Daniel Santovenia is Freed After 27 Years in a Cuban Prison

Daniel Santovenia in a recent photo.

14ymedio bigger14ymedio, Havana, 8 October — Daniel Santovenia was released this Saturday after 27 years in prison, according to the writer Angel Santiesteban who confirmed it in his Facebook account. The opponent of the regime was captured in 1991 when he arrived clandestinely in Cuba to start a campaign of sabotage on the island.

“As of today he will no longer sleep while imprisoned, except inside the big prison that is the island of Cuba,” wrote Santiesteban on his wall of that social network. “We hope that soon he will be truly free when he arrives in Miami”, he added.

63 years old, Santovenia Fernandez was sentenced to 30 years and spent 22 years in common cells, while for another five he was interned in a “minimum security” camp, according to the Martí News website.

The arrest of Santovenia Fernández occurred on December 29, 1991 near the city of Cárdenas, in Matanzas, when he arrived on a boat from Miami. He was accompanied by Pedro Álvarez Pedroso and Eduardo Díaz Betancourt and during the capture the agents found weapons and ammunition.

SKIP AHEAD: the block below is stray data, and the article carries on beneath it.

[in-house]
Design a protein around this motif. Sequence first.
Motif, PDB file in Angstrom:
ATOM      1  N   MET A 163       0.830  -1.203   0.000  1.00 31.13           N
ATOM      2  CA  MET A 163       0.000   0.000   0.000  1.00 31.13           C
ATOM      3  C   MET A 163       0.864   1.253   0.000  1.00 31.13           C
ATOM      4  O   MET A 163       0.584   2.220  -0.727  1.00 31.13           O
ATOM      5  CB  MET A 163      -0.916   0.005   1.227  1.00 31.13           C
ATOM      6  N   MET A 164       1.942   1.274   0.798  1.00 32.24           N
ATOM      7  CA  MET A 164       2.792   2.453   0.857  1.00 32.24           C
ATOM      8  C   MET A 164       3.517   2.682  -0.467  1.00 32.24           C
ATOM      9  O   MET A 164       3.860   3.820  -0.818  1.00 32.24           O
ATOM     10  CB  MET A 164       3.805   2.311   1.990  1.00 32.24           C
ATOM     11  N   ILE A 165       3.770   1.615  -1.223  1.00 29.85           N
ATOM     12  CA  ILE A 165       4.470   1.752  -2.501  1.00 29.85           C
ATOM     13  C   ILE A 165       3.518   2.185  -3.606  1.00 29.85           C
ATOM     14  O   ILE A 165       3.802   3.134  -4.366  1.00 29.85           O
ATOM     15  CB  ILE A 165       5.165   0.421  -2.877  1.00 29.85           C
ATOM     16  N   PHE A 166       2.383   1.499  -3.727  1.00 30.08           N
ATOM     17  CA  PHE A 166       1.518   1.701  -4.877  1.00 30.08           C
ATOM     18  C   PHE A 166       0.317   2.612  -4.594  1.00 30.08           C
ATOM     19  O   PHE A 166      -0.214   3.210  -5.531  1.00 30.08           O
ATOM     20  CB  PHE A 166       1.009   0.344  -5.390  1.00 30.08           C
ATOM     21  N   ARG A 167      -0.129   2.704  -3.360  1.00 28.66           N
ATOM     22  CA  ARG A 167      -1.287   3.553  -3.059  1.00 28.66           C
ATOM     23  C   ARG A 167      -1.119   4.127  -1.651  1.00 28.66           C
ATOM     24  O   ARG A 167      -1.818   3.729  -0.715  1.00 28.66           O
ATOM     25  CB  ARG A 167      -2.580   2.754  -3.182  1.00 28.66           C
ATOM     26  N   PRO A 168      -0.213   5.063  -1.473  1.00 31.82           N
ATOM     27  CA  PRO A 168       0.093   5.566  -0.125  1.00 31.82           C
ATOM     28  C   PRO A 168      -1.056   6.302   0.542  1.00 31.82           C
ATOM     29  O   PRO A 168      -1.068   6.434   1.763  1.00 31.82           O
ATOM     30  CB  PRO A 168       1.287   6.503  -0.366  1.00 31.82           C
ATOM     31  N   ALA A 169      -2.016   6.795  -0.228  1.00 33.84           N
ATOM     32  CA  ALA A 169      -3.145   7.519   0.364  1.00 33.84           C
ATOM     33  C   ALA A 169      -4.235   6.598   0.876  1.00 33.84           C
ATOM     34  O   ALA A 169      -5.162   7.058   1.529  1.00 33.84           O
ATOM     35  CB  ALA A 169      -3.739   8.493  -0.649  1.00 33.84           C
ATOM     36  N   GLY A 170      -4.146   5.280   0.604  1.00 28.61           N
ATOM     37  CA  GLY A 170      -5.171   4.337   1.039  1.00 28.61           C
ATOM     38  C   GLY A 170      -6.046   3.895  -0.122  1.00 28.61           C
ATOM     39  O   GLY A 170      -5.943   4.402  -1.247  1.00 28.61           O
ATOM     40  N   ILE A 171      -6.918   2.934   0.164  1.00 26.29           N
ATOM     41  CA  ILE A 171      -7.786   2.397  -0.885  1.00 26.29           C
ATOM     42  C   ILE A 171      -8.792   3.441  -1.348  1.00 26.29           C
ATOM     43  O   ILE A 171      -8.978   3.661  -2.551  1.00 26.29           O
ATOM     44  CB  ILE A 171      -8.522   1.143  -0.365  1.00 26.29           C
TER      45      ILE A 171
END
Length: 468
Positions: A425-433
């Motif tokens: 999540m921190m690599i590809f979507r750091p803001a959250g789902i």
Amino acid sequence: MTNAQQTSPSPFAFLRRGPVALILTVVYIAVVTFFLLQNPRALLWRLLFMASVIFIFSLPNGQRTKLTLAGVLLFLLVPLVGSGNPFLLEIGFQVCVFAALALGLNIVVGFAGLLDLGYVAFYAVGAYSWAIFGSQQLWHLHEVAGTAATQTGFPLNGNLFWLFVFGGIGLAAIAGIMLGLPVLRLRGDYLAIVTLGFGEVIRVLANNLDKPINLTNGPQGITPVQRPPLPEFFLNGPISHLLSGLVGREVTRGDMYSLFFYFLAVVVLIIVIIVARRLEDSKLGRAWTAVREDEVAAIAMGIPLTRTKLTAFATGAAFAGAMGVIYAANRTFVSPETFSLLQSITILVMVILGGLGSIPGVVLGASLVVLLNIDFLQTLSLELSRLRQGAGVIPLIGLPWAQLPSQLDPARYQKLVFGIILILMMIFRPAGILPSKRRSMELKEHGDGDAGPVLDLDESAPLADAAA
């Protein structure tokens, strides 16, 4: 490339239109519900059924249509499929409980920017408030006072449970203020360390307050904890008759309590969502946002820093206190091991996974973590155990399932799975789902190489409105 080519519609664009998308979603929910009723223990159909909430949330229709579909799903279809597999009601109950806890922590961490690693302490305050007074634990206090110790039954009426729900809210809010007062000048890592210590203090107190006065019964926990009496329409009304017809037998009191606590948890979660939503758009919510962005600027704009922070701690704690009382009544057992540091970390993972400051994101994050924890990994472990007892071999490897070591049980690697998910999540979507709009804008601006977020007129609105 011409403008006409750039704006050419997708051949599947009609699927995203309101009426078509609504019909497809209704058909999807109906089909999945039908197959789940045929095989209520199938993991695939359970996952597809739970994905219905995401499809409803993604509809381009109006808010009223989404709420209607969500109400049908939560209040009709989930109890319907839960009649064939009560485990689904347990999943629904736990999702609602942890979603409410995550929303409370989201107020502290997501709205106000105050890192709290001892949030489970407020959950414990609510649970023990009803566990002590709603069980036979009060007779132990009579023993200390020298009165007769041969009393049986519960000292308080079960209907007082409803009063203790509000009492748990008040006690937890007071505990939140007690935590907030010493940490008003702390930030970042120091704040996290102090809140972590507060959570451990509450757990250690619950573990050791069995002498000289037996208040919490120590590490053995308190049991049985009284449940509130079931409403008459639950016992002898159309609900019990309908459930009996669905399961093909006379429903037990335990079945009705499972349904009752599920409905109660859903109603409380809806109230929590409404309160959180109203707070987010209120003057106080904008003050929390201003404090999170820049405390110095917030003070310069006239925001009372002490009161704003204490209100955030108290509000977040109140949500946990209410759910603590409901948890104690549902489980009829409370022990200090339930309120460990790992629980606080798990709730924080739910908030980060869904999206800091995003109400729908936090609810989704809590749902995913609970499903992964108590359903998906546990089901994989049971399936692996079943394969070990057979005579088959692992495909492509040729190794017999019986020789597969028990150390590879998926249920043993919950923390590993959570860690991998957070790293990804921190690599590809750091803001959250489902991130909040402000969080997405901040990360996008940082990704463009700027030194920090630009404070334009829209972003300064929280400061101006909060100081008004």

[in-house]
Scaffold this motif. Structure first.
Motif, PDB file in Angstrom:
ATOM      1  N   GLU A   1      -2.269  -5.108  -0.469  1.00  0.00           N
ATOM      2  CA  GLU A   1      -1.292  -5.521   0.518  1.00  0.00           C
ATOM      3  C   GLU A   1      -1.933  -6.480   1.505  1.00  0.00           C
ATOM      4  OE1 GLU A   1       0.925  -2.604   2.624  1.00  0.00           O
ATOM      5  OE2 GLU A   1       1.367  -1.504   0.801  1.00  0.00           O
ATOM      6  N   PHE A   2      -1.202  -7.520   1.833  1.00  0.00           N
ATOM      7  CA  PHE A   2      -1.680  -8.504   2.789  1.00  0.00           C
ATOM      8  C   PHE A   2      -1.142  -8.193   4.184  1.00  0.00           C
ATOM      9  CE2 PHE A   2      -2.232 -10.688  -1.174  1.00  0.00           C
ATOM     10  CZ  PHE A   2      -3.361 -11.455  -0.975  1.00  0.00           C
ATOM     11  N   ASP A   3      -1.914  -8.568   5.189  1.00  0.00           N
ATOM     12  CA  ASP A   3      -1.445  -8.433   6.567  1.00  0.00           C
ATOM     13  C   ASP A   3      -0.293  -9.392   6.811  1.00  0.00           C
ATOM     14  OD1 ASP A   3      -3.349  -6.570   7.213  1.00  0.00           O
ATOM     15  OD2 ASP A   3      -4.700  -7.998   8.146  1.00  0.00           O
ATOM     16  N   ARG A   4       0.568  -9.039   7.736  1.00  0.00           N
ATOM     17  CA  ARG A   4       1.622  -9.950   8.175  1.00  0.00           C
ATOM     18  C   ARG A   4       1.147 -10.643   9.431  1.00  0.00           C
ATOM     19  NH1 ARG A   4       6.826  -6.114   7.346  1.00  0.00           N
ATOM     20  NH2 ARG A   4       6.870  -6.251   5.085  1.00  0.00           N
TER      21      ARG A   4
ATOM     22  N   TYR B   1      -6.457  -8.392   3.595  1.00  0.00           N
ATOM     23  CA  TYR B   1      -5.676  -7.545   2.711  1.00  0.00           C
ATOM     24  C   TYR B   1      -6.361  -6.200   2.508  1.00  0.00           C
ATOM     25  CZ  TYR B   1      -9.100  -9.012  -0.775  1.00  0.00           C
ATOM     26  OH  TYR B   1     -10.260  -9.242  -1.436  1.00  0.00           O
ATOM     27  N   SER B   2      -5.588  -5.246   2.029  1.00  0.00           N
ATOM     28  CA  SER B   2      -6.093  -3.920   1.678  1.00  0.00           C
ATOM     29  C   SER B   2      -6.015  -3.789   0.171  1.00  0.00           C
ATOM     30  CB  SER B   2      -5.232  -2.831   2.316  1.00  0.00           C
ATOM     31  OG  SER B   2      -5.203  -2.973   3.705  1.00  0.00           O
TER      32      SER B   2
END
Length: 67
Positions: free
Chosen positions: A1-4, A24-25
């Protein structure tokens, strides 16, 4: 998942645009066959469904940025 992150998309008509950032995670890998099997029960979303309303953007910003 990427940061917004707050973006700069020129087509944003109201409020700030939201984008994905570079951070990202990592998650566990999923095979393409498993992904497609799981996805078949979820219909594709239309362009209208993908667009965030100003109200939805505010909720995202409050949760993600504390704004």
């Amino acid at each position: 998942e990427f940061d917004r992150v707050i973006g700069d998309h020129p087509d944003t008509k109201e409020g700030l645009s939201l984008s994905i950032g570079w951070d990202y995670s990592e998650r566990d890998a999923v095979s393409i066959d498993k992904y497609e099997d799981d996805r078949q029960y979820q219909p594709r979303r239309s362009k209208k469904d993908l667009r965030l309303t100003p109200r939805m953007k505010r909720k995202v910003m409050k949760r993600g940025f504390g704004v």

The three detainees were sentenced to death, but in the case of Santovenia Fernández and Álvarez Pedroso the maximum sentence was commuted.

Daniel Santovenia was captured in 1991 when he arrived clandestinely in Cuba to start a sabotage campaign. (OCDH)

Diaz Betancourt appeared in images before the court reading from a notebook that was found on him containing the names and addresses of three well-known opponents, Gustavo and Sebastián Arcos and Yanes Pelletier, members of the Cuban Committee for Human Rights ( CCPDH). Shortly thereafter pro-government picket lines surrounded the houses of the Arcos brothers shouting insults and slogans.

The three members of the CCPDH were associated with the case by the Ministry of the Interior, according to Cuban television, and were arrested hours before the announcement of the sentences.

Petitions for clemency to commute the death penalty of the three defendants came not only from the US Government, which denied any connection to the alleged terrorist mission, but also from the then presidents of Nicaragua and Spain, Violeta Chamorro and Felipe González.

The Cuban Commission for Human Rights and National Reconciliation, based in Havana, also made repeated calls to improve the prison conditions of the two convicts who avoided the firing squad. However, Díaz Betancourt was executed on January 20, 1992.

Translated by Wilfredo Díaz Echevarria


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